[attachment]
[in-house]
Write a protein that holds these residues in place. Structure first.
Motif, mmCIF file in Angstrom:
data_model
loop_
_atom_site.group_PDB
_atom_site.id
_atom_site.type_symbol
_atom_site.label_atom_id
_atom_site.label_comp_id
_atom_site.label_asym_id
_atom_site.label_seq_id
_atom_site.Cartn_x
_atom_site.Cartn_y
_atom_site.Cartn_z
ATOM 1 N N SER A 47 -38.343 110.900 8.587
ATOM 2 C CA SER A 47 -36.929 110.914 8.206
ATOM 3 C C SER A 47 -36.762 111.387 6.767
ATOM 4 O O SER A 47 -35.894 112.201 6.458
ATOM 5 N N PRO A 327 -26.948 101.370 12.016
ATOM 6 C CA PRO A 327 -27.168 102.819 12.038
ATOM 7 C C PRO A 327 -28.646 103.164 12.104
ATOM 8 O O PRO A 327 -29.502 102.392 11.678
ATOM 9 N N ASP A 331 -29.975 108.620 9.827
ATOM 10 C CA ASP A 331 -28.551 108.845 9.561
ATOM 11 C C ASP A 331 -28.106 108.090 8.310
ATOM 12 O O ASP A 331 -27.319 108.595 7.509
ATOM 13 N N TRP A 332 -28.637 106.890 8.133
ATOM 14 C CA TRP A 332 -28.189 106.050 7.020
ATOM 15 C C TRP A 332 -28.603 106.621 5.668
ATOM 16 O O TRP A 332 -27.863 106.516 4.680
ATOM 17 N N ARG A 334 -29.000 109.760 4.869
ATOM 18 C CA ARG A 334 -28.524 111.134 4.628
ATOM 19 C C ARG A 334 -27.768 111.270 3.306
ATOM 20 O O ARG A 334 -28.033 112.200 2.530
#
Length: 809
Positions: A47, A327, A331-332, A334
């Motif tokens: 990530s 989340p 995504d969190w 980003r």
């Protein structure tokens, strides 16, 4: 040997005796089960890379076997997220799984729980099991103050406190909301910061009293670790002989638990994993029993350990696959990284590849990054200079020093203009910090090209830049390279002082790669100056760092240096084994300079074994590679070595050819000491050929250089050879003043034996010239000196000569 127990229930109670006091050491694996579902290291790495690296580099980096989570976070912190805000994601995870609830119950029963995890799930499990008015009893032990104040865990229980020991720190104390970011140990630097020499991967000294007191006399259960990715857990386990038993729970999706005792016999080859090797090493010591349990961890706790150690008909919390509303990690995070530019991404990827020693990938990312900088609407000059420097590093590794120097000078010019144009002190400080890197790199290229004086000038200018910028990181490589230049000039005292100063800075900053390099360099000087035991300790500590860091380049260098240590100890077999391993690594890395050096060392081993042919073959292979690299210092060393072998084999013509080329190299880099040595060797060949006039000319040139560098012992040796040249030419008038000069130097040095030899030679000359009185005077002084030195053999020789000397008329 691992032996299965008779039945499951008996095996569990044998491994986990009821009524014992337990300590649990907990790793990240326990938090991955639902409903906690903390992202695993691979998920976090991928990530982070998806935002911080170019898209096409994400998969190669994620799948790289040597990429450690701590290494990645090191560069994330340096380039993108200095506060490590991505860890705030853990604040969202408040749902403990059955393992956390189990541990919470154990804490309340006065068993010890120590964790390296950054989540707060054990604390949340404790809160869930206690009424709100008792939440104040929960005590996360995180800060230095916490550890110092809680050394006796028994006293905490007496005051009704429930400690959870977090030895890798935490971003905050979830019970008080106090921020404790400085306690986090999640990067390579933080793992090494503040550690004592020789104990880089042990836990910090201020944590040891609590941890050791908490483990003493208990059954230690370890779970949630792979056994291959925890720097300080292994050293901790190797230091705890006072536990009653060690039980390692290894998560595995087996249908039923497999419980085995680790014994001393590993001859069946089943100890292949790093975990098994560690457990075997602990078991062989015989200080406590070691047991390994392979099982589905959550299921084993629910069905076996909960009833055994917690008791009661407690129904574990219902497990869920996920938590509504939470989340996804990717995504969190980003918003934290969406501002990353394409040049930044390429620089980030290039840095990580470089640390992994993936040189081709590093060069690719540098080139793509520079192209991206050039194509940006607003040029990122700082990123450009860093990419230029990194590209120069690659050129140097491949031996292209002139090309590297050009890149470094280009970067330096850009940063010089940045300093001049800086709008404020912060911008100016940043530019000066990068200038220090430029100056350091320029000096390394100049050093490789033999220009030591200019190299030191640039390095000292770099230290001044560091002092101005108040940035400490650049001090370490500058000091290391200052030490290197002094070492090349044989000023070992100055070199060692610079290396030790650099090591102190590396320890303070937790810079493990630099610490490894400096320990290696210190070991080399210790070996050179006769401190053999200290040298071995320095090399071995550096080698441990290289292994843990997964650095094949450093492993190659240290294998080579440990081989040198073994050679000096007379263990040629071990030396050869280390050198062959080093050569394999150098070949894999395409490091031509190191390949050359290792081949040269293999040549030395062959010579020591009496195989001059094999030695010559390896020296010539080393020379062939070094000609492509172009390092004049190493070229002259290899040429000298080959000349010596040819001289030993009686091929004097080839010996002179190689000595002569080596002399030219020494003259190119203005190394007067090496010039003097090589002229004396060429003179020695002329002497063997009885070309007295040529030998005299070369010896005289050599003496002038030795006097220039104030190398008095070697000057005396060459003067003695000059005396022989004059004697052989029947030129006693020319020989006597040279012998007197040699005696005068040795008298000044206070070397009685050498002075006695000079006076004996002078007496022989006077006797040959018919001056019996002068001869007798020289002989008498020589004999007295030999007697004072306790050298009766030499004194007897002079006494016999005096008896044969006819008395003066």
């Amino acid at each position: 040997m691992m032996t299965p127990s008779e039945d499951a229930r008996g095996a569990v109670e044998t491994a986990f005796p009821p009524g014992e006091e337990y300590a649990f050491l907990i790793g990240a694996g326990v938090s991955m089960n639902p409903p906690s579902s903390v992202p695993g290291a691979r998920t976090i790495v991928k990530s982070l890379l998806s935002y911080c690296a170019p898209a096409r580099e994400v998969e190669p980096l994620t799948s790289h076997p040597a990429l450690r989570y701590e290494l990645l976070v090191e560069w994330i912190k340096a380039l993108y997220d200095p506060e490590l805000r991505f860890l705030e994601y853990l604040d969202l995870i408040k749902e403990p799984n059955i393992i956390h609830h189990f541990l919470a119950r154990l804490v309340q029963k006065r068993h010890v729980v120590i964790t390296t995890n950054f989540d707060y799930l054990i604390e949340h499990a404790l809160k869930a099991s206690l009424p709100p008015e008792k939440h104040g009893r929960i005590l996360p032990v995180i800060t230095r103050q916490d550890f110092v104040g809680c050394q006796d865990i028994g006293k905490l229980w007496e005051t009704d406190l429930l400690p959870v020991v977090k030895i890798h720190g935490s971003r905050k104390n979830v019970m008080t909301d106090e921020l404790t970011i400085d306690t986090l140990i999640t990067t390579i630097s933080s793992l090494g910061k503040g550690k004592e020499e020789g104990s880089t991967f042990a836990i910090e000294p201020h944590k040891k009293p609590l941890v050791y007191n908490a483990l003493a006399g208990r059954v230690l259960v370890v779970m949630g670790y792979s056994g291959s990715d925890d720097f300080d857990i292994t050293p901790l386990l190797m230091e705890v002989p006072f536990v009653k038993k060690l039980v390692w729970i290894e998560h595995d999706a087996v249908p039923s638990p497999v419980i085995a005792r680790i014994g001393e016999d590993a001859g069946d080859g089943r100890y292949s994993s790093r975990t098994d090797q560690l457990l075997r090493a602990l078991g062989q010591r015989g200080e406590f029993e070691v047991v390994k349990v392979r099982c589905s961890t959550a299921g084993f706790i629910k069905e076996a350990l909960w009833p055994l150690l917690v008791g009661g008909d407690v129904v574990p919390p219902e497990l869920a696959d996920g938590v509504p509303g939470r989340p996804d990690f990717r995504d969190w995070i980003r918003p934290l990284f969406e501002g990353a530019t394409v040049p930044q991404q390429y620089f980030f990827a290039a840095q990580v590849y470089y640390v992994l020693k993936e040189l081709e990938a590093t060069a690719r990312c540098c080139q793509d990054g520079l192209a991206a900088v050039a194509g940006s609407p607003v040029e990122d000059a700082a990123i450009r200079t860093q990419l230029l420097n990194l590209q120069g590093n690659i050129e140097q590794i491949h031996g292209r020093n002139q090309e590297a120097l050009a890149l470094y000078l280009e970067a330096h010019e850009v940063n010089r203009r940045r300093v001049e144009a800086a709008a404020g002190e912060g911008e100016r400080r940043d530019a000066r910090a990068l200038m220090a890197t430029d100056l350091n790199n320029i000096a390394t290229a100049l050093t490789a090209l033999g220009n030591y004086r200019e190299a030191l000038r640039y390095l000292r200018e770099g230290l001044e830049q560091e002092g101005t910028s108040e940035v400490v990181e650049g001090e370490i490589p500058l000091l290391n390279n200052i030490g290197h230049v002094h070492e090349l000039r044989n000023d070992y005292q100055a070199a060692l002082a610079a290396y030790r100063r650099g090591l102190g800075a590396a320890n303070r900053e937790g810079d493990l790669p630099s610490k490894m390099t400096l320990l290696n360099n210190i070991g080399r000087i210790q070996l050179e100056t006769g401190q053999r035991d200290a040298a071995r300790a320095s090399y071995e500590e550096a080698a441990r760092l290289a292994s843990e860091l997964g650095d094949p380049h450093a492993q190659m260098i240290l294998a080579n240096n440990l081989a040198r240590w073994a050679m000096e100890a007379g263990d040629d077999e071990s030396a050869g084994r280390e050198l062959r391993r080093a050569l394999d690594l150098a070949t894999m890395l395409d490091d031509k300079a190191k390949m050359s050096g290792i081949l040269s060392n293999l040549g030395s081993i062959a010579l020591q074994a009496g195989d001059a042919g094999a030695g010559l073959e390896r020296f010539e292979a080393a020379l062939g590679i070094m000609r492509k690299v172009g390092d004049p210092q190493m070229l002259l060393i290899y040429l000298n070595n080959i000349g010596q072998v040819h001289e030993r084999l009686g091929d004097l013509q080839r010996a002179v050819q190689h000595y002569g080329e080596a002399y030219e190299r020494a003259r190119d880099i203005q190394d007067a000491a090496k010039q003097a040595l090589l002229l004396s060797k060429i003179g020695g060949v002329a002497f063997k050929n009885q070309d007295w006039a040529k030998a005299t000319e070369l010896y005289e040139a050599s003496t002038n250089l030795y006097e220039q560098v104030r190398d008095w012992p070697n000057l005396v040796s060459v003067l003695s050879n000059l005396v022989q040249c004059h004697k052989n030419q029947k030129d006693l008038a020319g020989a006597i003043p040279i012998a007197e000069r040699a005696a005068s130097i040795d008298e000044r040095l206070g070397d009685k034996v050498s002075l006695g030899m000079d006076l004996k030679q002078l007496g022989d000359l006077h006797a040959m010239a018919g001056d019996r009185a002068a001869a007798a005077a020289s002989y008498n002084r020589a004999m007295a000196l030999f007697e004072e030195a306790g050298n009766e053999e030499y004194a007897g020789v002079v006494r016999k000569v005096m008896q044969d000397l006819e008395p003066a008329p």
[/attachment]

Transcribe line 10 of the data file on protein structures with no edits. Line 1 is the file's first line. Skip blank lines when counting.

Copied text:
_atom_site.label_comp_id